This tool allows to see tree of process’ calls such as application calls, library, system calls (and even kernel functions and OS scheduler actions) with additional information as function arguments, result, cpu & elapsed time.
This is not something Oracle specific, the tool can be used for tracing of any unix process (DTrace is required).

Continue…


Don’t forget about column projection

Note: this post is not about some exact statement, but about importance of column projection which should not be ignored, especially in cases as operations requiring workareas, data access optimization, Exadata offloading and others.

Let’s consider merge of two simple tables.

 merge into t1
 using t2 on (t1.id = t2.id)
  when matched 
  then update set n = 1;

The tables:

SQL> select * from v$version where rownum = 1;
 
BANNER
--------------------------------------------------------------------------------
Oracle Database 11g Enterprise Edition Release 11.2.0.3.0 - 64bit Production

SQL > create table t1 compress
  2             as
  3         select rownum as id,
   (more...)

A small change in parallel insert with serial data access between 11.1 and 11.2

There is an interesting small change in parallel insert between 11.1 and 11.2 in queries with parallelized insert, but serialized data access. On a practice the simplest case where we can see this it is CTAS or parallel insert as select from remote table.
As an example I will use CTAS from remote table.

create table tbllocal parallel 2
    as select *
  from tblremote@dblink;

Note: even if remote part of this query (select from tblremote@dblink) will be parallelized, it will be run in parallel on remote side. Communication between remote and local servers will be performed in one (more...)

Serial direct read for small tables in 11.2.0.2

Today I have fixed an issue related with serial direct path reads.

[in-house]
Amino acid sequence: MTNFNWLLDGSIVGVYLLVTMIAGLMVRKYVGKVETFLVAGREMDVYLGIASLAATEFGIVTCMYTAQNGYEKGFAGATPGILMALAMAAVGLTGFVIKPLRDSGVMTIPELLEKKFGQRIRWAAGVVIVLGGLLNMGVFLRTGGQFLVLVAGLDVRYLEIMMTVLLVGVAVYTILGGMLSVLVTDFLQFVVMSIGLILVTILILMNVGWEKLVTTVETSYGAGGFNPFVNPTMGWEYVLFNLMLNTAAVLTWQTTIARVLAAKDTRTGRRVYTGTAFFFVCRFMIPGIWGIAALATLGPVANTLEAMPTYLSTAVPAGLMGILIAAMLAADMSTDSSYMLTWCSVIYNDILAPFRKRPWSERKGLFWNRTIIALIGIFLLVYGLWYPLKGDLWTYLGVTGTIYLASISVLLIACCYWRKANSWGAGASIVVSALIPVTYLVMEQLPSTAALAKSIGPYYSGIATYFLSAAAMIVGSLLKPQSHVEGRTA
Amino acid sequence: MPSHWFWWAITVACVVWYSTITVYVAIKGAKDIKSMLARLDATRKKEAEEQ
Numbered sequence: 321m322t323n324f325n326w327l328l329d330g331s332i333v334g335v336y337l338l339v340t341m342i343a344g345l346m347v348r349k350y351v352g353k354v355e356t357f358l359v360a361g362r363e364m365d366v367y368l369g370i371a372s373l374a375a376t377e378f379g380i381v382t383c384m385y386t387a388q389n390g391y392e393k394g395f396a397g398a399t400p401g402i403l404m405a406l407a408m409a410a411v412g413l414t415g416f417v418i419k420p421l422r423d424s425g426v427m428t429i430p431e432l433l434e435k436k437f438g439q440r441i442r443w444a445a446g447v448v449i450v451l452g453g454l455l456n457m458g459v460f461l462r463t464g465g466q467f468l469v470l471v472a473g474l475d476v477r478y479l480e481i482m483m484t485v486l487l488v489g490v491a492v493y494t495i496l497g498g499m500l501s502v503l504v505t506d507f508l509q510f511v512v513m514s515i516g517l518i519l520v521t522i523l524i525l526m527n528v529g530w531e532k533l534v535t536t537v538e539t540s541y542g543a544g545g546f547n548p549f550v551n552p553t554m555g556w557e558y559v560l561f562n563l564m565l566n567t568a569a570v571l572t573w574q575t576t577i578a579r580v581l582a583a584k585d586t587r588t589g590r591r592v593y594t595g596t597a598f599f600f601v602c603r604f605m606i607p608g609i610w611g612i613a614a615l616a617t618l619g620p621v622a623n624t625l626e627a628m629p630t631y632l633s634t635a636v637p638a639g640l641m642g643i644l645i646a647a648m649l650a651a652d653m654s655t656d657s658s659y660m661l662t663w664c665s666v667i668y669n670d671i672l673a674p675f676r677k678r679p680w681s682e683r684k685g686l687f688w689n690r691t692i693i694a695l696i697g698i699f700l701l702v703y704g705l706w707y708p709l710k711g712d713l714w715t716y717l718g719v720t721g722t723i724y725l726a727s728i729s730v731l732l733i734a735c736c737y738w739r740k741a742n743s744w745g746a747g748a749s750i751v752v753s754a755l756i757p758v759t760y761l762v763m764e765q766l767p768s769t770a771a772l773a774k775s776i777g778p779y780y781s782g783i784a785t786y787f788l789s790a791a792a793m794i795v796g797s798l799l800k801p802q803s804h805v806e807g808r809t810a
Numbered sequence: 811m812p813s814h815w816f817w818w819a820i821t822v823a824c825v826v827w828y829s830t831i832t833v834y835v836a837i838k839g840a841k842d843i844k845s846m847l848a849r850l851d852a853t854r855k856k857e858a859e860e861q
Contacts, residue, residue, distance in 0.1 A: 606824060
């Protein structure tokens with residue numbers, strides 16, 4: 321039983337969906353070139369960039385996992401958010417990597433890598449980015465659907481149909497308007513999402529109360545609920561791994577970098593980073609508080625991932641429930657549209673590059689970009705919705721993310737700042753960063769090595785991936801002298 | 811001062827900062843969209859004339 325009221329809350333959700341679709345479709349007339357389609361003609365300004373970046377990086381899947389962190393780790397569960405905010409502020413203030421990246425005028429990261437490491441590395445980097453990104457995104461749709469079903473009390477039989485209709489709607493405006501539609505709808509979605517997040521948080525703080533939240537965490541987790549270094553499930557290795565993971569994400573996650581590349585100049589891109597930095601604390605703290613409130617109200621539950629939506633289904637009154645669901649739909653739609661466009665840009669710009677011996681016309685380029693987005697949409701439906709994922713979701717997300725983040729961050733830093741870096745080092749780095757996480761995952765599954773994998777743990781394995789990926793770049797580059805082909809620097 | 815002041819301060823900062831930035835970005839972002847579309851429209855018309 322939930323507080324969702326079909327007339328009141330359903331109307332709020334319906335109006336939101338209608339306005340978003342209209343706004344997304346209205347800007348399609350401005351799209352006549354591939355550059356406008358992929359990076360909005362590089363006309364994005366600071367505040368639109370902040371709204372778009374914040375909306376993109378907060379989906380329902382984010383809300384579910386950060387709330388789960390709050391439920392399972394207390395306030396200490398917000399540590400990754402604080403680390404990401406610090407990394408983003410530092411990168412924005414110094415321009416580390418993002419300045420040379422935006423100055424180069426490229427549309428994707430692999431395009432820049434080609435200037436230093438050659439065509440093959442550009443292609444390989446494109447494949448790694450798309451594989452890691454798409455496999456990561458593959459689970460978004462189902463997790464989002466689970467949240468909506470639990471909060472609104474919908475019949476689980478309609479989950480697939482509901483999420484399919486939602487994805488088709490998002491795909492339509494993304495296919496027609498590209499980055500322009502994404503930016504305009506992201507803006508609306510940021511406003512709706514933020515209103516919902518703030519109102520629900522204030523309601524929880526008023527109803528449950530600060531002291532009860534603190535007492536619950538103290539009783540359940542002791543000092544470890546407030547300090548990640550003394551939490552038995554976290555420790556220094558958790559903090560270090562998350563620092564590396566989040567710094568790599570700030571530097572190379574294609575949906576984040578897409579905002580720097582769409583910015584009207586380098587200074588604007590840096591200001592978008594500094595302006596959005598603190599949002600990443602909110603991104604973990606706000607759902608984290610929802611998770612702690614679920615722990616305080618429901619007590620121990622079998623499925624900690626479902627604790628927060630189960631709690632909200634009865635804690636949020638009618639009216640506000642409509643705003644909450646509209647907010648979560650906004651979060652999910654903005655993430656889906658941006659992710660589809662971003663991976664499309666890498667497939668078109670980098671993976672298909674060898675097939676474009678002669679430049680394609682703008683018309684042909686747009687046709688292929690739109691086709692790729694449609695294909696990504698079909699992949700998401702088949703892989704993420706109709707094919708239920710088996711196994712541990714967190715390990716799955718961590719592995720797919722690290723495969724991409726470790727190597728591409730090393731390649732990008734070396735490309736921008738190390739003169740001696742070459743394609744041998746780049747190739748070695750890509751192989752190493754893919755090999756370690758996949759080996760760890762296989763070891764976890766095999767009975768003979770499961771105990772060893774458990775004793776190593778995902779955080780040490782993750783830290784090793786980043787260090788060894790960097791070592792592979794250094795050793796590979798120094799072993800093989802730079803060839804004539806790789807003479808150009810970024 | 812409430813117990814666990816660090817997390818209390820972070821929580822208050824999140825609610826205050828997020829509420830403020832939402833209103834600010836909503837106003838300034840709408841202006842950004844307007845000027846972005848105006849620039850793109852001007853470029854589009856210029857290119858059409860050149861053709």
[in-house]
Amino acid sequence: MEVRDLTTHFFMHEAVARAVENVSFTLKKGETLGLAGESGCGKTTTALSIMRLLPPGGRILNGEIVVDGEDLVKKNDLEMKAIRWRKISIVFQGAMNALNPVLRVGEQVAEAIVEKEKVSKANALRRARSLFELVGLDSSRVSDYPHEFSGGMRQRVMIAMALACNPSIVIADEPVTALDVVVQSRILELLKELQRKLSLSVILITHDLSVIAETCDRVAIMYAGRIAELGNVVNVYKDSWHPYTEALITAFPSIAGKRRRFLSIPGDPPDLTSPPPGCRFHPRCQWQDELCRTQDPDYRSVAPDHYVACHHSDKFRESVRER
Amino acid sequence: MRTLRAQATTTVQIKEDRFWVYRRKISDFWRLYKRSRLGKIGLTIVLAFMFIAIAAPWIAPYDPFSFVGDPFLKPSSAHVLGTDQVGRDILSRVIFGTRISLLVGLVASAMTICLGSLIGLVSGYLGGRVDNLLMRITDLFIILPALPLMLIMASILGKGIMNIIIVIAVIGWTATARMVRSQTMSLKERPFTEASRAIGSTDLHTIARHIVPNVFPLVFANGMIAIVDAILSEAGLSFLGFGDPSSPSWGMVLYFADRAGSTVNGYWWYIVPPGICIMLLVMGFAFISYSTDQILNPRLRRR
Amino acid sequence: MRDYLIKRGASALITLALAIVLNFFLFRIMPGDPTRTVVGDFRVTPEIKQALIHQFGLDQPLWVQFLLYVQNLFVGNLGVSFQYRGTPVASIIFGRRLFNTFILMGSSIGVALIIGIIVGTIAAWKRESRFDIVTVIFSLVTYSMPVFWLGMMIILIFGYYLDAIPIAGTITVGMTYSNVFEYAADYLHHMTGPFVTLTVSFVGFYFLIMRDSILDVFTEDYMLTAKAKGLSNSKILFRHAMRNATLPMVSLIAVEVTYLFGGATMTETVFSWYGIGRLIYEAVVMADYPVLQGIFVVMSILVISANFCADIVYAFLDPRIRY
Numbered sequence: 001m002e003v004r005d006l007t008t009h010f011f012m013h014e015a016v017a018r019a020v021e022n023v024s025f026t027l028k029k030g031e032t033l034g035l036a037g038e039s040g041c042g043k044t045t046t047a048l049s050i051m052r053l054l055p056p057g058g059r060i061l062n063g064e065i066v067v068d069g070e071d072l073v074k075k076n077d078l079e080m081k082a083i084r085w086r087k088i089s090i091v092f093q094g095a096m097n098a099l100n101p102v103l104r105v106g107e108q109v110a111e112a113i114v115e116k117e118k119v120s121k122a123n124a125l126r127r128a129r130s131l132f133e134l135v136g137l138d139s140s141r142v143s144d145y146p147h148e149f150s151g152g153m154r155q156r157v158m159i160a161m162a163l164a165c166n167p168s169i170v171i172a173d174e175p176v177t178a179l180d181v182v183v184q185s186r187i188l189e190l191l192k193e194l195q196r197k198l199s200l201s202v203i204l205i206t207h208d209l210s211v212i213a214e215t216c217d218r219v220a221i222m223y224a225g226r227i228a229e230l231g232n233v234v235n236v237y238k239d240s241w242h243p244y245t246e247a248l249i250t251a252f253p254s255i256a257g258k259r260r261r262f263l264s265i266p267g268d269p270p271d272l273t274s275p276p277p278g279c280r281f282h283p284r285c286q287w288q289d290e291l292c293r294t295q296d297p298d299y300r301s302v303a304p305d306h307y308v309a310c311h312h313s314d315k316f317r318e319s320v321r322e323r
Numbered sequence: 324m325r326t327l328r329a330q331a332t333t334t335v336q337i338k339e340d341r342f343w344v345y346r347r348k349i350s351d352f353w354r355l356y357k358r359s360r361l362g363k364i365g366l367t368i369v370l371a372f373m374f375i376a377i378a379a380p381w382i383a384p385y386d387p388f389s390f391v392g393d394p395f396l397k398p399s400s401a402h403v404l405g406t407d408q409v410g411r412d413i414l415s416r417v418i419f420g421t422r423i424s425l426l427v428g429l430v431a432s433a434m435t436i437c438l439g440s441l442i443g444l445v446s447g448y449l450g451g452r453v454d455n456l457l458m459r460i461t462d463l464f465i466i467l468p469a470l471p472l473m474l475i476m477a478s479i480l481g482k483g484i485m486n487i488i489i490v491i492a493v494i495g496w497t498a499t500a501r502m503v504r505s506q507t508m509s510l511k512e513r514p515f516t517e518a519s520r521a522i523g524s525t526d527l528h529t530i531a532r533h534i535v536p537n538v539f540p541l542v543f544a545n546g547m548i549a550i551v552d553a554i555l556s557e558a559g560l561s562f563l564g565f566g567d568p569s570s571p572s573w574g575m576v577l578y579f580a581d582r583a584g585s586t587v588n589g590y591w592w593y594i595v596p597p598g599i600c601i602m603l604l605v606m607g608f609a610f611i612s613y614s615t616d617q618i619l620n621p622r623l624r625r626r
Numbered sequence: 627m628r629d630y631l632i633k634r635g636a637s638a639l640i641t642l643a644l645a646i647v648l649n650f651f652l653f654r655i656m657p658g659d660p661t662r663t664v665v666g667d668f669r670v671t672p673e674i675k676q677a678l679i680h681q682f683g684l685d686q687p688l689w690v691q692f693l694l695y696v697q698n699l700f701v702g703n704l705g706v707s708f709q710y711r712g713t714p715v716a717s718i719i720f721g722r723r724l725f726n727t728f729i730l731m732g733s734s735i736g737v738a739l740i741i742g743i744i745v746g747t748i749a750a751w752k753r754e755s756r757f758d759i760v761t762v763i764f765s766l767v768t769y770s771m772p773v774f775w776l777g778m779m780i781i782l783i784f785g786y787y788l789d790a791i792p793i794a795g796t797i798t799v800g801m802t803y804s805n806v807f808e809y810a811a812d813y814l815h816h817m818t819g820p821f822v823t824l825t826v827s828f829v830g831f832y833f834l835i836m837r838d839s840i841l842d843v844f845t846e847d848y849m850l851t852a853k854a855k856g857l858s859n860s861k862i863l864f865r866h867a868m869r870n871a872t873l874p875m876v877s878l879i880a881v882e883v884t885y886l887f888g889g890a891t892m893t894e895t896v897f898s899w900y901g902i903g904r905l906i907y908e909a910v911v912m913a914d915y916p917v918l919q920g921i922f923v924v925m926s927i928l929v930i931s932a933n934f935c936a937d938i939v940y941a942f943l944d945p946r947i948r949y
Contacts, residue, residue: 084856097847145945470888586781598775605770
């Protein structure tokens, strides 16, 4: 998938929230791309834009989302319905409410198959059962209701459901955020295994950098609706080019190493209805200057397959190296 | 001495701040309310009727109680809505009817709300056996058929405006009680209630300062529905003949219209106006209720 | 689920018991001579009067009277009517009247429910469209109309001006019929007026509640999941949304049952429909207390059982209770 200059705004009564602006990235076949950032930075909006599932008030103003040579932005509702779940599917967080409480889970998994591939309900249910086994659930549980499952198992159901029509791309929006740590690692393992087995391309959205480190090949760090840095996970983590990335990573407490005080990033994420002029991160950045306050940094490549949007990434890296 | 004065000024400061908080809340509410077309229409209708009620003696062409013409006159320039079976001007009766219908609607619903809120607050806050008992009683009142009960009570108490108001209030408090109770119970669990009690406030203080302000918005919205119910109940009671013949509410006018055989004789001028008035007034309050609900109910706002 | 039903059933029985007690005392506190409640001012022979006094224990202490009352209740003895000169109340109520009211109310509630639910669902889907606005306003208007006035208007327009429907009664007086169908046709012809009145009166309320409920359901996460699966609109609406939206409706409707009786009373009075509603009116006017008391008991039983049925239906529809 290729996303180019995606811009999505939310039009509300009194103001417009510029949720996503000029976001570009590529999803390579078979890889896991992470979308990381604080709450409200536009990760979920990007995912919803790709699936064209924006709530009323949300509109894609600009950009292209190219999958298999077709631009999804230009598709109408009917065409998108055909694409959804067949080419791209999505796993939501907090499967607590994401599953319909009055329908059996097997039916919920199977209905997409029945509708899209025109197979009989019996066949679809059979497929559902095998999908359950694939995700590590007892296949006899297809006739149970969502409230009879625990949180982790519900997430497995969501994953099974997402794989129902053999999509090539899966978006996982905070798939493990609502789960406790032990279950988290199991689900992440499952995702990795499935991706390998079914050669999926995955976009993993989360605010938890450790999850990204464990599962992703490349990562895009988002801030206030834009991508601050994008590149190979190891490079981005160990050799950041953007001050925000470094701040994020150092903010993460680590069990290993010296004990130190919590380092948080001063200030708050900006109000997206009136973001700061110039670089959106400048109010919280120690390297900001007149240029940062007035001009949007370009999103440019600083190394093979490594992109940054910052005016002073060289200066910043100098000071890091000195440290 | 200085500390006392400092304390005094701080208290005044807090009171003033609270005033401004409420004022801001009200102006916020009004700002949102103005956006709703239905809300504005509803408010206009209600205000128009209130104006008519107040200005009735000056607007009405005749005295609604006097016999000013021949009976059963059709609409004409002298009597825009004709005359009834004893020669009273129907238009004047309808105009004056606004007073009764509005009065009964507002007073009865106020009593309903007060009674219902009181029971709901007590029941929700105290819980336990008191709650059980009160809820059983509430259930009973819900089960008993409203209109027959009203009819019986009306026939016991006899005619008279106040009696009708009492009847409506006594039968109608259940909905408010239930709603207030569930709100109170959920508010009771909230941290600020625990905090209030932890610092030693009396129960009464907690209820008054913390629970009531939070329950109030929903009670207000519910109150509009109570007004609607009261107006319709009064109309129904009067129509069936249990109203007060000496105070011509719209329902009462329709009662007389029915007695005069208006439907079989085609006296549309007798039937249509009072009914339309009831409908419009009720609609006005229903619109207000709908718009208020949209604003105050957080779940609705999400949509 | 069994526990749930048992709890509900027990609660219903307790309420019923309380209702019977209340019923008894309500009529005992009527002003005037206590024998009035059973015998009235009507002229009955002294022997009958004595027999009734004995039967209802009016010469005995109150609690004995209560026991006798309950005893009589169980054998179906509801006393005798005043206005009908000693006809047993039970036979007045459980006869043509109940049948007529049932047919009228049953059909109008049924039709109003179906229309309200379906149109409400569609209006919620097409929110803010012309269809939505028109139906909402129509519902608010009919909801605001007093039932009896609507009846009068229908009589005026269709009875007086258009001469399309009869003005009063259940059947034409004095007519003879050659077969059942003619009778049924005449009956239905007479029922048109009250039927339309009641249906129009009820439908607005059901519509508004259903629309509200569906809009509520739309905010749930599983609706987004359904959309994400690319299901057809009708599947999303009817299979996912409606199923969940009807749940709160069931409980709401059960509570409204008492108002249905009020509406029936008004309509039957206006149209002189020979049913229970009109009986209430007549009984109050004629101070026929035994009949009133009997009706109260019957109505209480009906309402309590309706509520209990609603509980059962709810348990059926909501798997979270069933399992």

There is 11.2.0.2 database

SQL> select * from v$version where rownum = 1;
 
BANNER
--------------------------------------------------------------------------------
Oracle Database 11g Enterprise Edition Release 11.2.0.2.0 - 64bit Production
 
SQL> SELECT a.ksppinm  "Parameter",
  2         b.ksppstvl "Session Value",
  3         c.ksppstvl "Instance Value"
  4    FROM x$ksppi a, x$ksppcv b, x$ksppsv c
  5   WHERE a.indx = b.indx
  6     AND a.indx = c.indx
  7     AND a.ksppinm = '_serial_direct_read';
 
Parameter               Session Value           Instance Value
----------------------- ----------------------- -----------------------
_serial_direct_read     auto                    auto

There is (more...)

Dynamic tracing of Oracle logical I/O: part 2. Dtrace LIO v2 is released.

What’s new in DTrace LIO?
Jump to introduction: Dynamic tracing of Oracle logical I/O

1. The list of supported functions performing logical I/O is extended:
Note: some function names below are my suggestions.

Consistent gets:

  • kcbgtcr – Kernel Cache Buffer Get Consistent Read. This is general entry point for consistent read.
  • kcbldrget – Kernel Cache Buffer Load Direct-Read Get. The function performing direct-path read. Interesting detail: 10.2 the function kcbldrget is called just after kcbgtcr, in 11.2 by (from) kcbgtcr.

Current gets (db block gets):

  • kcbgcur – Kernel Cache Buffer Get Current Read
  • kcbget – Kernel Cache Buffer (more...)